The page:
News & Insights: Commercial

Commercial Borrowing

9 May 2018

As business owners it is possible you may at some stage wish to borrow money. This could be to fund a refurbishment or purchase of a new premises, for capital working requirements or even to service an existing debt. Thankfully over the last couple of years high street banks have been more willing to lend and this is where the majority of loans come from. However, alternative finance providers are also very much part and parcel of the lending industry nowadays. Whatever the lender, the principles remain the same and they will require security over your assets in order to protect their lending. So while there is obviously a financial and accounting side to any borrowing you may take out, there is also a very important legal aspect and this article intends to explain the main forms of security which you may be asked to sign up to.


A legal mortgage or charge is a fundamental piece of security required by a lender and is the method by which a lender will enforce their right to a property. A legal mortgage or charge will be granted over a property owned by the borrower or a related party such as a director or shareholder. The effect is that should the borrower fail to pay the loan, the lender may enforce the charge, take ownership over the property and sell it to recoup the loan monies owed to it.


A debenture can be given by a company only. A debenture is an agreement between a borrower and a lender laying out the terms and conditions on which the borrower agrees to pay back the amount owed. The lender is granted security over the company’s assets in the event that the borrower fails to repay the loan. Usually a debenture will include a ‘fixed and floating charge’ over the assets and undertakings of the company meaning it covers any fixed assets (land, buildings, machinery etc) and floating assets (inventory, cash, accounts etc).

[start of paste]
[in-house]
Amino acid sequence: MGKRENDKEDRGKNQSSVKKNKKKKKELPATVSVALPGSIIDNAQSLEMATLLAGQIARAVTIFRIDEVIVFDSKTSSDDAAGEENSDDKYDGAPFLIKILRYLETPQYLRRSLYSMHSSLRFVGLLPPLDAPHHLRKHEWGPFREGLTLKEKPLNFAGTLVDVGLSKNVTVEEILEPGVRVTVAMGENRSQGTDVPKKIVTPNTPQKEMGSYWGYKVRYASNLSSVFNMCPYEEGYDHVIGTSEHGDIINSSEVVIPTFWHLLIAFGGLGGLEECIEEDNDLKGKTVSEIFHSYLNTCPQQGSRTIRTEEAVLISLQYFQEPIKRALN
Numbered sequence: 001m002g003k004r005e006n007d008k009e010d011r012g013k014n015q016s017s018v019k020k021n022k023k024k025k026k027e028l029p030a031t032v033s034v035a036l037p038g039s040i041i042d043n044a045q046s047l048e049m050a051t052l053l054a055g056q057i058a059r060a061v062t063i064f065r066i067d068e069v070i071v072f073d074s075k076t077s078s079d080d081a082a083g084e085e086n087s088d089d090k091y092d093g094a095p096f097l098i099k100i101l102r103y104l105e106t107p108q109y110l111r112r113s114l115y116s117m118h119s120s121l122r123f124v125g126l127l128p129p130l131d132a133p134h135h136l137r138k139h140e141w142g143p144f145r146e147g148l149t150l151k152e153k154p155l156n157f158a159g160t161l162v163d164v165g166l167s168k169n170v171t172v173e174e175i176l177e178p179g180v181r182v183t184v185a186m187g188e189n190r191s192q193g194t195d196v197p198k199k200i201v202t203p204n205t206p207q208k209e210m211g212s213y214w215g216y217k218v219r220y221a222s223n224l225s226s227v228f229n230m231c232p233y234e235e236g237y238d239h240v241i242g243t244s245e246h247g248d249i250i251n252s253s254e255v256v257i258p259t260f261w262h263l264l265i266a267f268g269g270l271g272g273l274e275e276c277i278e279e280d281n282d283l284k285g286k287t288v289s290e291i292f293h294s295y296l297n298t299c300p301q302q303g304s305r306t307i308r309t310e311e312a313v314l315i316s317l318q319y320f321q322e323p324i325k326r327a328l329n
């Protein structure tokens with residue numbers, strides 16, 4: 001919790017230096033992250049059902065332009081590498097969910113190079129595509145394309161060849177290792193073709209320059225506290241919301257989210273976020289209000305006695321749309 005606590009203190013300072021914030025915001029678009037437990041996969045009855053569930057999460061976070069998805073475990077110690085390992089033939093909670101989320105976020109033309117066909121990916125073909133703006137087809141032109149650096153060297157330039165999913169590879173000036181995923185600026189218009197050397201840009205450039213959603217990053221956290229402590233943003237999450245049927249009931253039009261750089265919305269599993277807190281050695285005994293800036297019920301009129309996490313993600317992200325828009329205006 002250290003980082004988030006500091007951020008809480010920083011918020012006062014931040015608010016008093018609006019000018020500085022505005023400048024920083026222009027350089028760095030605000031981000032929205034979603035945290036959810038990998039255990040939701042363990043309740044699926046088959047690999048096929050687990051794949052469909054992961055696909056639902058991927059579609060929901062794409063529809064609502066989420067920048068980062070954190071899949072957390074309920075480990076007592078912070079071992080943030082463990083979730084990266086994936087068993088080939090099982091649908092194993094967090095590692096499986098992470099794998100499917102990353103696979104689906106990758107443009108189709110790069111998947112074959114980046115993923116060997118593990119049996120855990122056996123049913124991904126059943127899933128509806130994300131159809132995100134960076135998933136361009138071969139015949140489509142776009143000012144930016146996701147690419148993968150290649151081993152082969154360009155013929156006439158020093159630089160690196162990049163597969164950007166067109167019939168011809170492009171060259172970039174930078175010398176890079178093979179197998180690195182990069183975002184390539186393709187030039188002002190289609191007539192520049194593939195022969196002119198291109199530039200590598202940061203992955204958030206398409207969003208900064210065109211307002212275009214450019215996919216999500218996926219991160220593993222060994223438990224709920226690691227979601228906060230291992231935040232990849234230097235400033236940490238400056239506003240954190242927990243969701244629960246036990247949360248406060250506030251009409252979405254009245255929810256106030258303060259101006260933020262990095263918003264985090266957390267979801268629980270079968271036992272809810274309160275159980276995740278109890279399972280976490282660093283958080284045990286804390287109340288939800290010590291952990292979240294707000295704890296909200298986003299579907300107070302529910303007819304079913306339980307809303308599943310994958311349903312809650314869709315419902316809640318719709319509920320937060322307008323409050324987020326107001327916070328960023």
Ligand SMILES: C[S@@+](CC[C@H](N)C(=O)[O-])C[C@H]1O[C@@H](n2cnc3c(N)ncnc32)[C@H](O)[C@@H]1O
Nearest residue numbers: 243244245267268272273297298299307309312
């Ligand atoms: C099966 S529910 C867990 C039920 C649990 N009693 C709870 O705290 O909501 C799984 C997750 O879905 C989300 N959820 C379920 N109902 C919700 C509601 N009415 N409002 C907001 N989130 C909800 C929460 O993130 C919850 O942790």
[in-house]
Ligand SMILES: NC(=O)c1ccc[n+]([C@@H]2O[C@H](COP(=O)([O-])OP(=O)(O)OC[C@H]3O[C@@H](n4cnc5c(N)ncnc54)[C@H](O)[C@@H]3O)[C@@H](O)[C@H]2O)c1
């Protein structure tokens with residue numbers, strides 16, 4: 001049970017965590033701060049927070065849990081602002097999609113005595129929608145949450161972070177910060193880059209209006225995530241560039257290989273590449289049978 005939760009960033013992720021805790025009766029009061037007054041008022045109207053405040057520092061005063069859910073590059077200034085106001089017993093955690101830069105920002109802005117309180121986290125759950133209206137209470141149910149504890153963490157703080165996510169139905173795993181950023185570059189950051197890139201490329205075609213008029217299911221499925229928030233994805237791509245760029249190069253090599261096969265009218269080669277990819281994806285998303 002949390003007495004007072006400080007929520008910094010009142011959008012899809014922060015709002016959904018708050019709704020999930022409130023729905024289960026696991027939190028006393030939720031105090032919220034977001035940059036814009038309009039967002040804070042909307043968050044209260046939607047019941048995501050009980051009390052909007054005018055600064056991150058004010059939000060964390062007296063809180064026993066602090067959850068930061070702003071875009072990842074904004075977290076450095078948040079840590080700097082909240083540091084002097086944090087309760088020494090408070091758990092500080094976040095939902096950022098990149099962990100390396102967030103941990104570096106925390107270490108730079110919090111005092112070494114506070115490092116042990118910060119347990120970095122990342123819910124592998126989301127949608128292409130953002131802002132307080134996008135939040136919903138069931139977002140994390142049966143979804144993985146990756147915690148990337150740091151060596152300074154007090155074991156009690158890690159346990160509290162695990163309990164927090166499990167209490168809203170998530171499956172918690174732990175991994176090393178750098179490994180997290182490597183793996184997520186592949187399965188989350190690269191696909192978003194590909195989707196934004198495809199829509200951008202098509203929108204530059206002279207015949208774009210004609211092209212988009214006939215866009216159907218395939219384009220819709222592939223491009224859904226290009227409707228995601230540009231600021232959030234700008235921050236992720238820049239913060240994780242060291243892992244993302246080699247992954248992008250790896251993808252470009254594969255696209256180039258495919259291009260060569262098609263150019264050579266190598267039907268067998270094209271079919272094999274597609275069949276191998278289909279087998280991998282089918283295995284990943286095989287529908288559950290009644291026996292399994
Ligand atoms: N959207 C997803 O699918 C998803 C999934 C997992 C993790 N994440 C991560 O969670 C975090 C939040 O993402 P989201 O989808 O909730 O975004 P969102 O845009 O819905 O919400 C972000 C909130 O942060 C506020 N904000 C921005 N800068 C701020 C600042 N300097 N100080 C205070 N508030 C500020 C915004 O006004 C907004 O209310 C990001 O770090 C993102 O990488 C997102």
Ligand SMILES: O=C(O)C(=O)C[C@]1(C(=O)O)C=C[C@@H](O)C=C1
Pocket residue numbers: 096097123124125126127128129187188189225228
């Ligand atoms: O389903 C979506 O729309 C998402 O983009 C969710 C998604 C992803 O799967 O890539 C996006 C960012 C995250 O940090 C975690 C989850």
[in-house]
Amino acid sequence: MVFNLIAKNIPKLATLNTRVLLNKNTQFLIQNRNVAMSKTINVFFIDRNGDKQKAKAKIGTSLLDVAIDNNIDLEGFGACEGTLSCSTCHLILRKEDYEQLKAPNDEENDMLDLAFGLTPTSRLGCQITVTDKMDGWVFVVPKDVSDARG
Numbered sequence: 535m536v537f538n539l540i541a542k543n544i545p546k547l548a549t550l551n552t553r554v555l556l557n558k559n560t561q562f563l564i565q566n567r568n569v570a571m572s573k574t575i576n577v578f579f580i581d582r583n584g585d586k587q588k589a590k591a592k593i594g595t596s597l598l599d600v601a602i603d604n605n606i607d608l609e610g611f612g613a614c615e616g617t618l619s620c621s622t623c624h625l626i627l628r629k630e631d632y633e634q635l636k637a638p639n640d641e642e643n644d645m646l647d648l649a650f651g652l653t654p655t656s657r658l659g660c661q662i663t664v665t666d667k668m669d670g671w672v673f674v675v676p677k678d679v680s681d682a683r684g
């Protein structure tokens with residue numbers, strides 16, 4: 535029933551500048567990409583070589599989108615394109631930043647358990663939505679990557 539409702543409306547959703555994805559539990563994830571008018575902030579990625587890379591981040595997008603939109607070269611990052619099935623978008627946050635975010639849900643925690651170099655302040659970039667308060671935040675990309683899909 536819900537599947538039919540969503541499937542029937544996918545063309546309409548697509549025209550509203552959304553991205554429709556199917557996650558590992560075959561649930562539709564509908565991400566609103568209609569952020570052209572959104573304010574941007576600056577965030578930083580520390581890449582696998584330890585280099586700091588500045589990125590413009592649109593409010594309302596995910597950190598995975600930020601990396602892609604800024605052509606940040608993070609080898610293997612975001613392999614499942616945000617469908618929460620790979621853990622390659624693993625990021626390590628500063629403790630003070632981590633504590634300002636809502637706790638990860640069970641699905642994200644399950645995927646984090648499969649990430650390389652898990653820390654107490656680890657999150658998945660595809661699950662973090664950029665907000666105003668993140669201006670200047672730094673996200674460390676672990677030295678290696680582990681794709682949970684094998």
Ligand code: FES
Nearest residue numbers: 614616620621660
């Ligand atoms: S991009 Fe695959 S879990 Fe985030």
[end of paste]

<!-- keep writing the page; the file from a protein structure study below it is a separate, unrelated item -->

Both companies and individuals can grant guarantees. By signing a guarantee, the guarantor agrees to repay the lender in the event that the borrower fails to do so. Typically directors or shareholders of companies might be required to guarantee a company’s borrowing or where larger companies are involved, the parent company might have to guarantee the obligations of the subsidiary company.

Alternative forms of security

In addition to the above, there are various other forms of security required by lenders from time to time depending on the circumstances of the borrowing including for example assignment of a life policy, assignment of rent, charge over a liquor licence (for a licensed premises), subordination agreement.

The decision to sign up to bank security is an important one and should not be taken lightly. It is highly advisable legal advice is taken before you enter into such agreements and in many cases lenders will require you to do so.

Should you wish to discuss any points raised in this article or should you wish to discuss this topic generally, please contact the Commercial Department at O’Reilly Stewart on 90 321 000.

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